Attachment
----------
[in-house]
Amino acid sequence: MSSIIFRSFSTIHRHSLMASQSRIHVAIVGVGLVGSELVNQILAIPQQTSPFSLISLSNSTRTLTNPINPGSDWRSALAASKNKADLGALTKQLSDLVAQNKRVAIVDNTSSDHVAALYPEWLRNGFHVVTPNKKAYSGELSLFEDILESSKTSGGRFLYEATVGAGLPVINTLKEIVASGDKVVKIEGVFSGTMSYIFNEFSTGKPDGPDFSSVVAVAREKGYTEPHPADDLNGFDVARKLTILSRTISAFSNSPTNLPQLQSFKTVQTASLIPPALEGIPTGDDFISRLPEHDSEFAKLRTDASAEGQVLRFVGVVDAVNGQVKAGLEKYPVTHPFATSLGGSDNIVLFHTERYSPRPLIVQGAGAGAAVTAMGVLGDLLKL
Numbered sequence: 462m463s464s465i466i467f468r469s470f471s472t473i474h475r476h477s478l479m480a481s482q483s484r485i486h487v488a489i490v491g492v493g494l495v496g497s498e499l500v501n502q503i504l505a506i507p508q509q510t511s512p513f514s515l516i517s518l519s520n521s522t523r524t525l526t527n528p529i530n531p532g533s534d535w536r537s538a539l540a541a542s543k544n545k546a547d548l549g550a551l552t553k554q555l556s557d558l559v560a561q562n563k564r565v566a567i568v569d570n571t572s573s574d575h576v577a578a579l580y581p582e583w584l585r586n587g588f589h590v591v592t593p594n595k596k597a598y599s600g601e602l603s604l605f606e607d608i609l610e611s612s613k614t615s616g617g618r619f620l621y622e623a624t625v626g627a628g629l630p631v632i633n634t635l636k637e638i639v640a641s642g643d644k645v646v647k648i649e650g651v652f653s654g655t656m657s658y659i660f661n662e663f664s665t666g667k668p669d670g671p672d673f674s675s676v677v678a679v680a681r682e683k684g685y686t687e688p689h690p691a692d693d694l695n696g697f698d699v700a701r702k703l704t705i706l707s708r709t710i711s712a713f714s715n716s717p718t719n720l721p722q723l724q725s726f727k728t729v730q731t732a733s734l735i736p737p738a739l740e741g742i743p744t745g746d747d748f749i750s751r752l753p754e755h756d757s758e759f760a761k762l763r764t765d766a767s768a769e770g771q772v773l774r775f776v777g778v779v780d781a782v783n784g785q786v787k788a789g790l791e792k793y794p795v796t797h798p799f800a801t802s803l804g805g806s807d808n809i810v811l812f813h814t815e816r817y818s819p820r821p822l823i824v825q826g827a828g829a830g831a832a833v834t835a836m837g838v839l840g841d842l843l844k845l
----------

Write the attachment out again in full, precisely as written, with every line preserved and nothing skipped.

[in-house]
Amino acid sequence: MSSIIFRSFSTIHRHSLMASQSRIHVAIVGVGLVGSELVNQILAIPQQTSPFSLISLSNSTRTLTNPINPGSDWRSALAASKNKADLGALTKQLSDLVAQNKRVAIVDNTSSDHVAALYPEWLRNGFHVVTPNKKAYSGELSLFEDILESSKTSGGRFLYEATVGAGLPVINTLKEIVASGDKVVKIEGVFSGTMSYIFNEFSTGKPDGPDFSSVVAVAREKGYTEPHPADDLNGFDVARKLTILSRTISAFSNSPTNLPQLQSFKTVQTASLIPPALEGIPTGDDFISRLPEHDSEFAKLRTDASAEGQVLRFVGVVDAVNGQVKAGLEKYPVTHPFATSLGGSDNIVLFHTERYSPRPLIVQGAGAGAAVTAMGVLGDLLKL
Numbered sequence: 462m463s464s465i466i467f468r469s470f471s472t473i474h475r476h477s478l479m480a481s482q483s484r485i486h487v488a489i490v491g492v493g494l495v496g497s498e499l500v501n502q503i504l505a506i507p508q509q510t511s512p513f514s515l516i517s518l519s520n521s522t523r524t525l526t527n528p529i530n531p532g533s534d535w536r537s538a539l540a541a542s543k544n545k546a547d548l549g550a551l552t553k554q555l556s557d558l559v560a561q562n563k564r565v566a567i568v569d570n571t572s573s574d575h576v577a578a579l580y581p582e583w584l585r586n587g588f589h590v591v592t593p594n595k596k597a598y599s600g601e602l603s604l605f606e607d608i609l610e611s612s613k614t615s616g617g618r619f620l621y622e623a624t625v626g627a628g629l630p631v632i633n634t635l636k637e638i639v640a641s642g643d644k645v646v647k648i649e650g651v652f653s654g655t656m657s658y659i660f661n662e663f664s665t666g667k668p669d670g671p672d673f674s675s676v677v678a679v680a681r682e683k684g685y686t687e688p689h690p691a692d693d694l695n696g697f698d699v700a701r702k703l704t705i706l707s708r709t710i711s712a713f714s715n716s717p718t719n720l721p722q723l724q725s726f727k728t729v730q731t732a733s734l735i736p737p738a739l740e741g742i743p744t745g746d747d748f749i750s751r752l753p754e755h756d757s758e759f760a761k762l763r764t765d766a767s768a769e770g771q772v773l774r775f776v777g778v779v780d781a782v783n784g785q786v787k788a789g790l791e792k793y794p795v796t797h798p799f800a801t802s803l804g805g806s807d808n809i810v811l812f813h814t815e816r817y818s819p820r821p822l823i824v825q826g827a828g829a830g831a832a833v834t835a836m837g838v839l840g841d842l843l844k845l